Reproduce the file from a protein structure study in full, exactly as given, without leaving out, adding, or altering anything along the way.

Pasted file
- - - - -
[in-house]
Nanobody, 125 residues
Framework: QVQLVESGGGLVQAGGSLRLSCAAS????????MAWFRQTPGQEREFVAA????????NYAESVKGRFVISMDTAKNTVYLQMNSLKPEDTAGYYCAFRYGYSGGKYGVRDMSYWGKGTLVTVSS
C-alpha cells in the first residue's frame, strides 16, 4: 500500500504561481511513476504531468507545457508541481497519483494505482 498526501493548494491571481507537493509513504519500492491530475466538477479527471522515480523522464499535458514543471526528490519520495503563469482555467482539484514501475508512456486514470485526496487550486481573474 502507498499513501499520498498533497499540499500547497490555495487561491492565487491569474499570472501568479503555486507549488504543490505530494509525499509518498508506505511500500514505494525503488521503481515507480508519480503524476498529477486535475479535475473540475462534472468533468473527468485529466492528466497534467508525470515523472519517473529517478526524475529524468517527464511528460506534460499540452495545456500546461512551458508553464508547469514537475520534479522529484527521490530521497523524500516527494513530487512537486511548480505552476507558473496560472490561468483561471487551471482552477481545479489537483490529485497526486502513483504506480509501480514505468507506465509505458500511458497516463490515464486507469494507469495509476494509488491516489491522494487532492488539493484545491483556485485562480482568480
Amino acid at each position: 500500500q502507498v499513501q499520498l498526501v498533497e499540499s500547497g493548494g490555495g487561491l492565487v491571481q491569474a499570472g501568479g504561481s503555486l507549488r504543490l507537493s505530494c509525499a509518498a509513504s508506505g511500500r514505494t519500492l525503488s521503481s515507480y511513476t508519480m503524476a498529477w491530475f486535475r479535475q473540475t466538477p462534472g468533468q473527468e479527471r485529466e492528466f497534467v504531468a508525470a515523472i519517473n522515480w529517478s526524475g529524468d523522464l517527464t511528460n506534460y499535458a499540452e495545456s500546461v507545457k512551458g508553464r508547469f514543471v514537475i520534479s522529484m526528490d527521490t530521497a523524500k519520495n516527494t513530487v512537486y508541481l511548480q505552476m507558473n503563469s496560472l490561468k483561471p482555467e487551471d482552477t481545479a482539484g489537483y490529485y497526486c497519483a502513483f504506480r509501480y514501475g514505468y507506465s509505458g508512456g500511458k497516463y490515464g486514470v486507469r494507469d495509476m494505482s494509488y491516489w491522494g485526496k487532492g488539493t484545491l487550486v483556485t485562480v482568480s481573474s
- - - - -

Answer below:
[in-house]
Nanobody, 125 residues
Framework: QVQLVESGGGLVQAGGSLRLSCAAS????????MAWFRQTPGQEREFVAA????????NYAESVKGRFVISMDTAKNTVYLQMNSLKPEDTAGYYCAFRYGYSGGKYGVRDMSYWGKGTLVTVSS
C-alpha cells in the first residue's frame, strides 16, 4: 500500500504561481511513476504531468507545457508541481497519483494505482 498526501493548494491571481507537493509513504519500492491530475466538477479527471522515480523522464499535458514543471526528490519520495503563469482555467482539484514501475508512456486514470485526496487550486481573474 502507498499513501499520498498533497499540499500547497490555495487561491492565487491569474499570472501568479503555486507549488504543490505530494509525499509518498508506505511500500514505494525503488521503481515507480508519480503524476498529477486535475479535475473540475462534472468533468473527468485529466492528466497534467508525470515523472519517473529517478526524475529524468517527464511528460506534460499540452495545456500546461512551458508553464508547469514537475520534479522529484527521490530521497523524500516527494513530487512537486511548480505552476507558473496560472490561468483561471487551471482552477481545479489537483490529485497526486502513483504506480509501480514505468507506465509505458500511458497516463490515464486507469494507469495509476494509488491516489491522494487532492488539493484545491483556485485562480482568480
Amino acid at each position: 500500500q502507498v499513501q499520498l498526501v498533497e499540499s500547497g493548494g490555495g487561491l492565487v491571481q491569474a499570472g501568479g504561481s503555486l507549488r504543490l507537493s505530494c509525499a509518498a509513504s508506505g511500500r514505494t519500492l525503488s521503481s515507480y511513476t508519480m503524476a498529477w491530475f486535475r479535475q473540475t466538477p462534472g468533468q473527468e479527471r485529466e492528466f497534467v504531468a508525470a515523472i519517473n522515480w529517478s526524475g529524468d523522464l517527464t511528460n506534460y499535458a499540452e495545456s500546461v507545457k512551458g508553464r508547469f514543471v514537475i520534479s522529484m526528490d527521490t530521497a523524500k519520495n516527494t513530487v512537486y508541481l511548480q505552476m507558473n503563469s496560472l490561468k483561471p482555467e487551471d482552477t481545479a482539484g489537483y490529485y497526486c497519483a502513483f504506480r509501480y514501475g514505468y507506465s509505458g508512456g500511458k497516463y490515464g486514470v486507469r494507469d495509476m494505482s494509488y491516489w491522494g485526496k487532492g488539493t484545491l487550486v483556485t485562480v482568480s481573474s